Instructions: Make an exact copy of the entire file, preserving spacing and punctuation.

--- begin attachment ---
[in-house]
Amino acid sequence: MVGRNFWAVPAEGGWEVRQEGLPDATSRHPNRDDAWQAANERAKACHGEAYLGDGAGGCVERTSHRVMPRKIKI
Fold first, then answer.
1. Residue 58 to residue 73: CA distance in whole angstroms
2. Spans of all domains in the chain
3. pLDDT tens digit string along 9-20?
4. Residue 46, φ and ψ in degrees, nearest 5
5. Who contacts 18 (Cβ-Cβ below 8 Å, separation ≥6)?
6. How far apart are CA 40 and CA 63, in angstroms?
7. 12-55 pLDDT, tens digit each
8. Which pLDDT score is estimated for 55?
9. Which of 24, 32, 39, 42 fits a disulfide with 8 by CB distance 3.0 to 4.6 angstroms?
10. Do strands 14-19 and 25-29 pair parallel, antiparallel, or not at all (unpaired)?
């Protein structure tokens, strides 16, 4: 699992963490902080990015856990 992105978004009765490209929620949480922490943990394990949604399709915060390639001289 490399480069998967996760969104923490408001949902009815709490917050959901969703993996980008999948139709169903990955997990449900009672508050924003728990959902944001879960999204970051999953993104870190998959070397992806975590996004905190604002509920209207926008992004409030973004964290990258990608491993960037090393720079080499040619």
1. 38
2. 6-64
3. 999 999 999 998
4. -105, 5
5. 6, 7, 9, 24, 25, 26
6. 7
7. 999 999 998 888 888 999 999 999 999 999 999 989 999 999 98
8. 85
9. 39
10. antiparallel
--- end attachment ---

[in-house]
Amino acid sequence: MVGRNFWAVPAEGGWEVRQEGLPDATSRHPNRDDAWQAANERAKACHGEAYLGDGAGGCVERTSHRVMPRKIKI
Fold first, then answer.
1. Residue 58 to residue 73: CA distance in whole angstroms
2. Spans of all domains in the chain
3. pLDDT tens digit string along 9-20?
4. Residue 46, φ and ψ in degrees, nearest 5
5. Who contacts 18 (Cβ-Cβ below 8 Å, separation ≥6)?
6. How far apart are CA 40 and CA 63, in angstroms?
7. 12-55 pLDDT, tens digit each
8. Which pLDDT score is estimated for 55?
9. Which of 24, 32, 39, 42 fits a disulfide with 8 by CB distance 3.0 to 4.6 angstroms?
10. Do strands 14-19 and 25-29 pair parallel, antiparallel, or not at all (unpaired)?
């Protein structure tokens, strides 16, 4: 699992963490902080990015856990 992105978004009765490209929620949480922490943990394990949604399709915060390639001289 490399480069998967996760969104923490408001949902009815709490917050959901969703993996980008999948139709169903990955997990449900009672508050924003728990959902944001879960999204970051999953993104870190998959070397992806975590996004905190604002509920209207926008992004409030973004964290990258990608491993960037090393720079080499040619």
1. 38
2. 6-64
3. 999 999 999 998
4. -105, 5
5. 6, 7, 9, 24, 25, 26
6. 7
7. 999 999 998 888 888 999 999 999 999 999 999 989 999 999 98
8. 85
9. 39
10. antiparallel